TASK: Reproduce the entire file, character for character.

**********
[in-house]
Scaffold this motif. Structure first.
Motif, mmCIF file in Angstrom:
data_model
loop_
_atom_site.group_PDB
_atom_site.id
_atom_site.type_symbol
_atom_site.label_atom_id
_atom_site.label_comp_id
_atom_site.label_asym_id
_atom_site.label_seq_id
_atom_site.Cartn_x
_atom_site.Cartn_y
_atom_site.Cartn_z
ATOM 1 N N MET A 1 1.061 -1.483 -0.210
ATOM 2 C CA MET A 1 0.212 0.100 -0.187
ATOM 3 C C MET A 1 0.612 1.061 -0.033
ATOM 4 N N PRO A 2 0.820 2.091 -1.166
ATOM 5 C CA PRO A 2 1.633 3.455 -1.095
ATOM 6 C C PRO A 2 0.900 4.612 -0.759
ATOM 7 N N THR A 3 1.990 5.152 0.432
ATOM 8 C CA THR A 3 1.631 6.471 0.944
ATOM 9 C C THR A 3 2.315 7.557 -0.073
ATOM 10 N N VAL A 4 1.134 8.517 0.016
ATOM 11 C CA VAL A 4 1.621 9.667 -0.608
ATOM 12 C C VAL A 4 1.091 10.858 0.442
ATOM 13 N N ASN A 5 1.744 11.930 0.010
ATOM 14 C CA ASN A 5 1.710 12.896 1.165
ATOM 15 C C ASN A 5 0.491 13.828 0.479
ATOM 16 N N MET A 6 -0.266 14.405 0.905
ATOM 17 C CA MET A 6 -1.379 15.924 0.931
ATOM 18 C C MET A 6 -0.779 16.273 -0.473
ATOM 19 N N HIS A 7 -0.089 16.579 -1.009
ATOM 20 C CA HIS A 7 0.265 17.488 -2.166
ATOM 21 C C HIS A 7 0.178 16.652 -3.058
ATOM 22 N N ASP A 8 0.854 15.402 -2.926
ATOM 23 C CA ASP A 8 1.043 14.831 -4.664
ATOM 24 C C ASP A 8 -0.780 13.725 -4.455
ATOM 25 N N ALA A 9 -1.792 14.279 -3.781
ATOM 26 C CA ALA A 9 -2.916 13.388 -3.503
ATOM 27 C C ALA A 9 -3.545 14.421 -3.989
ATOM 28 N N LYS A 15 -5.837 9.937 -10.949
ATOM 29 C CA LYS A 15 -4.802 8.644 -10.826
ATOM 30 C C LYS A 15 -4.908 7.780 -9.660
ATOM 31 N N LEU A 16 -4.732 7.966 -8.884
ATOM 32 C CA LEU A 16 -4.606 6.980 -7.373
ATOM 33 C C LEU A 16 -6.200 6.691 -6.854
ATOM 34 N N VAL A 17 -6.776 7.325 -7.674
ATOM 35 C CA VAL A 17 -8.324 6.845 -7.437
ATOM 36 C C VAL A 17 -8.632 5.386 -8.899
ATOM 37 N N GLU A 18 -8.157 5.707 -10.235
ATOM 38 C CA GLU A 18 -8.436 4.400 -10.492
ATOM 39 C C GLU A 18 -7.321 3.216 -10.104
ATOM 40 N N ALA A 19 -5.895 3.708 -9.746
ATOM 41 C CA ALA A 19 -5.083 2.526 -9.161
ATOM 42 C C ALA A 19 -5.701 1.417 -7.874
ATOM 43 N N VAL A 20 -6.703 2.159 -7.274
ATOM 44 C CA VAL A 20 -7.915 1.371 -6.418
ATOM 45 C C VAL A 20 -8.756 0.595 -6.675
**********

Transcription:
[in-house]
Scaffold this motif. Structure first.
Motif, mmCIF file in Angstrom:
data_model
loop_
_atom_site.group_PDB
_atom_site.id
_atom_site.type_symbol
_atom_site.label_atom_id
_atom_site.label_comp_id
_atom_site.label_asym_id
_atom_site.label_seq_id
_atom_site.Cartn_x
_atom_site.Cartn_y
_atom_site.Cartn_z
ATOM 1 N N MET A 1 1.061 -1.483 -0.210
ATOM 2 C CA MET A 1 0.212 0.100 -0.187
ATOM 3 C C MET A 1 0.612 1.061 -0.033
ATOM 4 N N PRO A 2 0.820 2.091 -1.166
ATOM 5 C CA PRO A 2 1.633 3.455 -1.095
ATOM 6 C C PRO A 2 0.900 4.612 -0.759
ATOM 7 N N THR A 3 1.990 5.152 0.432
ATOM 8 C CA THR A 3 1.631 6.471 0.944
ATOM 9 C C THR A 3 2.315 7.557 -0.073
ATOM 10 N N VAL A 4 1.134 8.517 0.016
ATOM 11 C CA VAL A 4 1.621 9.667 -0.608
ATOM 12 C C VAL A 4 1.091 10.858 0.442
ATOM 13 N N ASN A 5 1.744 11.930 0.010
ATOM 14 C CA ASN A 5 1.710 12.896 1.165
ATOM 15 C C ASN A 5 0.491 13.828 0.479
ATOM 16 N N MET A 6 -0.266 14.405 0.905
ATOM 17 C CA MET A 6 -1.379 15.924 0.931
ATOM 18 C C MET A 6 -0.779 16.273 -0.473
ATOM 19 N N HIS A 7 -0.089 16.579 -1.009
ATOM 20 C CA HIS A 7 0.265 17.488 -2.166
ATOM 21 C C HIS A 7 0.178 16.652 -3.058
ATOM 22 N N ASP A 8 0.854 15.402 -2.926
ATOM 23 C CA ASP A 8 1.043 14.831 -4.664
ATOM 24 C C ASP A 8 -0.780 13.725 -4.455
ATOM 25 N N ALA A 9 -1.792 14.279 -3.781
ATOM 26 C CA ALA A 9 -2.916 13.388 -3.503
ATOM 27 C C ALA A 9 -3.545 14.421 -3.989
ATOM 28 N N LYS A 15 -5.837 9.937 -10.949
ATOM 29 C CA LYS A 15 -4.802 8.644 -10.826
ATOM 30 C C LYS A 15 -4.908 7.780 -9.660
ATOM 31 N N LEU A 16 -4.732 7.966 -8.884
ATOM 32 C CA LEU A 16 -4.606 6.980 -7.373
ATOM 33 C C LEU A 16 -6.200 6.691 -6.854
ATOM 34 N N VAL A 17 -6.776 7.325 -7.674
ATOM 35 C CA VAL A 17 -8.324 6.845 -7.437
ATOM 36 C C VAL A 17 -8.632 5.386 -8.899
ATOM 37 N N GLU A 18 -8.157 5.707 -10.235
ATOM 38 C CA GLU A 18 -8.436 4.400 -10.492
ATOM 39 C C GLU A 18 -7.321 3.216 -10.104
ATOM 40 N N ALA A 19 -5.895 3.708 -9.746
ATOM 41 C CA ALA A 19 -5.083 2.526 -9.161
ATOM 42 C C ALA A 19 -5.701 1.417 -7.874
ATOM 43 N N VAL A 20 -6.703 2.159 -7.274
ATOM 44 C CA VAL A 20 -7.915 1.371 -6.418
ATOM 45 C C VAL A 20 -8.756 0.595 -6.675